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It's hard enough to find reliable numbers as to general adoption of the .NET framework. This questions concerns an even more specific case: what's the situation among home users?

I am wondering wether .NET is a good choice for a desktop application when targetting home users?

Assuming the application in question is a small-medium sized app (download, install & run), and the size of the framework is considerably larger, having the user download and install the framework just for the sake of that application seems like a big thumbs-down.

I know that Vista ships with .NET 3.0 out of the box (2003 ships with 1.1, but it's a server version), but that's just not enough considering that XP still has over 60% market share, including non-Windows systems (Accroding to hitslink.com, as of May this year).

Here's another thing: I almost can't think of any home-user targetted software that uses .NET (There's Catalyst, what else?). Why is that? Is this a clue that the framework isn't really that popular among home users?

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4 Answers 4

I recently worked on a product that was targeted to .NET 3.5. Out of hundreds of beta testers, I can probably count on one hand the number that already had .NET 3.5. The rest had to sit through the absolutely painful .NET 3.5 install from microsoft (~30 minutes, and most of the time the progress bar stays near 0 so people think it is broken).

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If you're targeting Windows XP and someone has run windows update, then majority have it.

Windows vista came with it pre-installed.

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2  
As far as I know, .NET is a recomended update, but not a required one (so it won't automatically be installed) –  OB OB Jun 30 '09 at 14:04
    
YOu're probably right, but I know it comes pre-installed with Vista. –  Jack Marchetti Jun 30 '09 at 14:12

I can't tell you the penetration of .NET in general but I can tell you that we have a specialty application used by very unsophisticated users that uses .NET. We just integrated it with the installation (installing only if needed) and have had absolutely no trouble whatsoever.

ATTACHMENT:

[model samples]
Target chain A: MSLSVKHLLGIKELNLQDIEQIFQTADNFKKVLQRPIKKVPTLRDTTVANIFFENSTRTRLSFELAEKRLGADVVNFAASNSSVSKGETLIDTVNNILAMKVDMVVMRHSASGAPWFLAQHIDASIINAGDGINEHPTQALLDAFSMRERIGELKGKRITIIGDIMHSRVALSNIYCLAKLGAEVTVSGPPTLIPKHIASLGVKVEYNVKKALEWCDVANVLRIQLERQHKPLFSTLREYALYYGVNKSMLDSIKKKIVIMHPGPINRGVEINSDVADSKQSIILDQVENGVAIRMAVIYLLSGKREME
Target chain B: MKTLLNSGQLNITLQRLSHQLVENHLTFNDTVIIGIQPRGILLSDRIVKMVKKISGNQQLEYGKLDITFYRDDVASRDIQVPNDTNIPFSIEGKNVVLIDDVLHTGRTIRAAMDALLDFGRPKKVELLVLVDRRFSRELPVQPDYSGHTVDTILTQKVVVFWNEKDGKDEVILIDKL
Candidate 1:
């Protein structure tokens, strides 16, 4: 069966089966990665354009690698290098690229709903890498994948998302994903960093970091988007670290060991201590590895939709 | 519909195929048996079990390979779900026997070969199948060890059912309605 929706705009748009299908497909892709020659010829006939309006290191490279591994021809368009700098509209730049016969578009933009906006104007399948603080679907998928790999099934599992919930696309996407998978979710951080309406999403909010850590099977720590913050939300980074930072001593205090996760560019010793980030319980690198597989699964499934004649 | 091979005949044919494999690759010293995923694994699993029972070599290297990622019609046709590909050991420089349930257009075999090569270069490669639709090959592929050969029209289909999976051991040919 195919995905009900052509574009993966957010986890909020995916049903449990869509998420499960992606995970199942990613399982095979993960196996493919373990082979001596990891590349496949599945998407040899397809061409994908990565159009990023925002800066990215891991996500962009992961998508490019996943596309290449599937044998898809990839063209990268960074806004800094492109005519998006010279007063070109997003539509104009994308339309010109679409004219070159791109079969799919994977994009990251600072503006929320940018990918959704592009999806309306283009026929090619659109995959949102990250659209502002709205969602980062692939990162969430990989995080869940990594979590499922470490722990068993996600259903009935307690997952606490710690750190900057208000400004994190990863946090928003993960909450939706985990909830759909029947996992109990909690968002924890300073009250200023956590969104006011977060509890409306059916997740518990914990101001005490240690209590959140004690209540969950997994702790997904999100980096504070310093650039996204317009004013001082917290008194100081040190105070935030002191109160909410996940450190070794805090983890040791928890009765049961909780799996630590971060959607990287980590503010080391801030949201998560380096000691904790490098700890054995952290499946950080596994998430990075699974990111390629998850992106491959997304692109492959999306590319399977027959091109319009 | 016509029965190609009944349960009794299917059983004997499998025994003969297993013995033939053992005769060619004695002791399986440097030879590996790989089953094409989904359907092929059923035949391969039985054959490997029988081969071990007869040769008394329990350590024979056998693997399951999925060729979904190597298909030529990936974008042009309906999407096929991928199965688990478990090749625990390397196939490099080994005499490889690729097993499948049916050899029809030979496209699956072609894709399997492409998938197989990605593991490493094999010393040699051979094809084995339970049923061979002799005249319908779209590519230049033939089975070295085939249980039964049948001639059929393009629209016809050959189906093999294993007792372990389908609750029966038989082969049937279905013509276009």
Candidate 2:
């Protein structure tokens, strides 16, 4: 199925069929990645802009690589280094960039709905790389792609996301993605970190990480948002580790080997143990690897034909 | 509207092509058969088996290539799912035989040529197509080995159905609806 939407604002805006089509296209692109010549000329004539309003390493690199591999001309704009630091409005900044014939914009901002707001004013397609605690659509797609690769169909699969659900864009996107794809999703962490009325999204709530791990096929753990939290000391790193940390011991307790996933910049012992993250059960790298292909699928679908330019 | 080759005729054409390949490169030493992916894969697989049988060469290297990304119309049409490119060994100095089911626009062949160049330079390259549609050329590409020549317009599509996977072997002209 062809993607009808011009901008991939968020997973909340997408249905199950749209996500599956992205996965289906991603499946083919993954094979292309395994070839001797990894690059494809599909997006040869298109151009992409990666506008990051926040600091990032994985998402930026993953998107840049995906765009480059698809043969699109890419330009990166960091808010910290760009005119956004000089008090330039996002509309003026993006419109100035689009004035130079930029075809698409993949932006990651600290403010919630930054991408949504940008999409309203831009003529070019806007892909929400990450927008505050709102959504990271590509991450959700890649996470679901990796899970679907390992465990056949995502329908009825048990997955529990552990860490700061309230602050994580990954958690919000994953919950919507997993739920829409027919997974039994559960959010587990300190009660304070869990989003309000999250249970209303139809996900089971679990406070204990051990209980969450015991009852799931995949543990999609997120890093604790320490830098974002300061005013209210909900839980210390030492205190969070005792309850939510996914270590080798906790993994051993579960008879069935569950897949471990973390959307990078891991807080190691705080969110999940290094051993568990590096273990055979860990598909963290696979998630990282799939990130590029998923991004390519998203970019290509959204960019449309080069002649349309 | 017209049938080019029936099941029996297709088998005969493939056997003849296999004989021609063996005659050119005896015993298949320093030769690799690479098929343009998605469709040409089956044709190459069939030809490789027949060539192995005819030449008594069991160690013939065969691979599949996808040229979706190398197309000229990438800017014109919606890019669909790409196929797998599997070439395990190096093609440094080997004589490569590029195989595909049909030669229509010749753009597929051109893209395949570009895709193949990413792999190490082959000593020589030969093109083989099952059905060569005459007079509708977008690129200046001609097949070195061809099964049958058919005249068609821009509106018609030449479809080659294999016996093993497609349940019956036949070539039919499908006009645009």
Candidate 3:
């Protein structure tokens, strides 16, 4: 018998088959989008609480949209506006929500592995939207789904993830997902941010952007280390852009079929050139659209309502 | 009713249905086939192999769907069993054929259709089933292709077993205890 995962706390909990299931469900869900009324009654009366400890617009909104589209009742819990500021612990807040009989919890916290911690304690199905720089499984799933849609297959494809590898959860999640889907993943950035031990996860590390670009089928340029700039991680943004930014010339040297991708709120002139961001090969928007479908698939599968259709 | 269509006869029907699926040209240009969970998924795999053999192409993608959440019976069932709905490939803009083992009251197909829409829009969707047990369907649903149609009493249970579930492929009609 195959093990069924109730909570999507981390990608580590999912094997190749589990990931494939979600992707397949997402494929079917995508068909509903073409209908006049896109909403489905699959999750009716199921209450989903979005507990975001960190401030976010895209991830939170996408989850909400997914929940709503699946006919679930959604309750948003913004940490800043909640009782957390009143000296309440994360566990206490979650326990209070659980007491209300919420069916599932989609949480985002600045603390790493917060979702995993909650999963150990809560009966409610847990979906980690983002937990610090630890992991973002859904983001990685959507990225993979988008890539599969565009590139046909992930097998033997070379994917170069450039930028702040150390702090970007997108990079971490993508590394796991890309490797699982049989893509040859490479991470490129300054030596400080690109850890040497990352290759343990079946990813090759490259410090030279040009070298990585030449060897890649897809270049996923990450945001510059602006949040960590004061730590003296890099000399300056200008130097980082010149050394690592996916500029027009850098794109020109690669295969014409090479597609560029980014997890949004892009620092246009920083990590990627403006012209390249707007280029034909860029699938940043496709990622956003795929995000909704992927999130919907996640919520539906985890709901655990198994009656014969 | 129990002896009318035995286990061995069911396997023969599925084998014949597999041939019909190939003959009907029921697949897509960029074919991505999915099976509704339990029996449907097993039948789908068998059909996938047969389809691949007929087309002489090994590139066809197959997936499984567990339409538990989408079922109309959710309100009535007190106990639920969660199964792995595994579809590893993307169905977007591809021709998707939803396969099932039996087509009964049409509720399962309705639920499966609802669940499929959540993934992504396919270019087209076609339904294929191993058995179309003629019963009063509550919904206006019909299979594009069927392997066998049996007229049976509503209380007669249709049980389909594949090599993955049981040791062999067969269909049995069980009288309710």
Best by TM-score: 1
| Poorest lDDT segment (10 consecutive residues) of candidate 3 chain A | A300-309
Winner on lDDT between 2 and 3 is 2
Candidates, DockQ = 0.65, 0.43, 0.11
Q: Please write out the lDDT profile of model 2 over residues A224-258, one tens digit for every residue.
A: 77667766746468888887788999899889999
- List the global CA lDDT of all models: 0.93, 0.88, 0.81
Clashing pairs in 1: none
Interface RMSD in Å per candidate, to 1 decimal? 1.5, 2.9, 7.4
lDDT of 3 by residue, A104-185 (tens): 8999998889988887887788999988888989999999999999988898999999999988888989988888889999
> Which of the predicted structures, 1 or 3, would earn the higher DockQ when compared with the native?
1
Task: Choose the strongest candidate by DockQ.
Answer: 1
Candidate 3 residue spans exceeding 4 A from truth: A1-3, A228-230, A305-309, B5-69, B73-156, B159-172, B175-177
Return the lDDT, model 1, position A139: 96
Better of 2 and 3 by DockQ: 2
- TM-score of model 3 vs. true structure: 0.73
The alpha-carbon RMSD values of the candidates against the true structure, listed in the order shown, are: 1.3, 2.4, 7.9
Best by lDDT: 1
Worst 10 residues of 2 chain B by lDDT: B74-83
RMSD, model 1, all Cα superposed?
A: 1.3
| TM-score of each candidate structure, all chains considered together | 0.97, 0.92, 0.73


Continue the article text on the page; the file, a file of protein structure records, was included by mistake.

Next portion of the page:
I am no fan of Microsoft in general (their decisions with respect to SQL Server Express border on abusive to their developer population) but they did seem to get .NET right. Credit Anders Heljsberg, not Microsoft.

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What SQL Server Express decisions are you referring to? –  Simon Svensson Jun 30 '09 at 14:01
    
Well, we had the MSDE (essentially SQL Server 2000's version of SQL Express). When Vista came out, the MSDE was specifically prevented from working - you had to change to the SQL Express. That meant that an enormous investment in CDs as well as the installation software had to be re-done to handle Vista. Now, they come out with Vista 64 and guess what, SQL Express doesn't run on it unless you get 64-bit SQL Express. EVEN THEN - the installation is different and doesn't work right in MOST cases. –  Mark Brittingham Jun 30 '09 at 19:41
    
-CONTINUED - I attempted to diagnose the problems with SQL Express 64 using the 64-bit version of SQL Management Studio. Only Vista 64 told me that the software - the MICROSOFT 64-BIT SOFTWARE - couldn't be installed as it appeared to be a "security risk". Now, I'm left with obscure connectivity issues and customers who are pissed off that our software won't work on their bright, shiny new 64-bit computers. I simply cannot express how much I've come to dislike Microsoft for this kind of behavior. I will never start a new development project on or for Windows again. –  Mark Brittingham Jun 30 '09 at 19:48

Media Center is built with .NET Framework and Windows XP MCE has it out of the box.

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Do you have any statistics for MCE market share? –  OB OB Jun 30 '09 at 14:05
    
@OB OB: No. And even if I had, the .NET that comes with it is considered "crap" (I'm not sure if it's 1.0 or 1.1 but it's certainly one of those) ;) But it's nevertheless a home-targeted software built with .NET. –  Mehrdad Afshari Jun 30 '09 at 14:07

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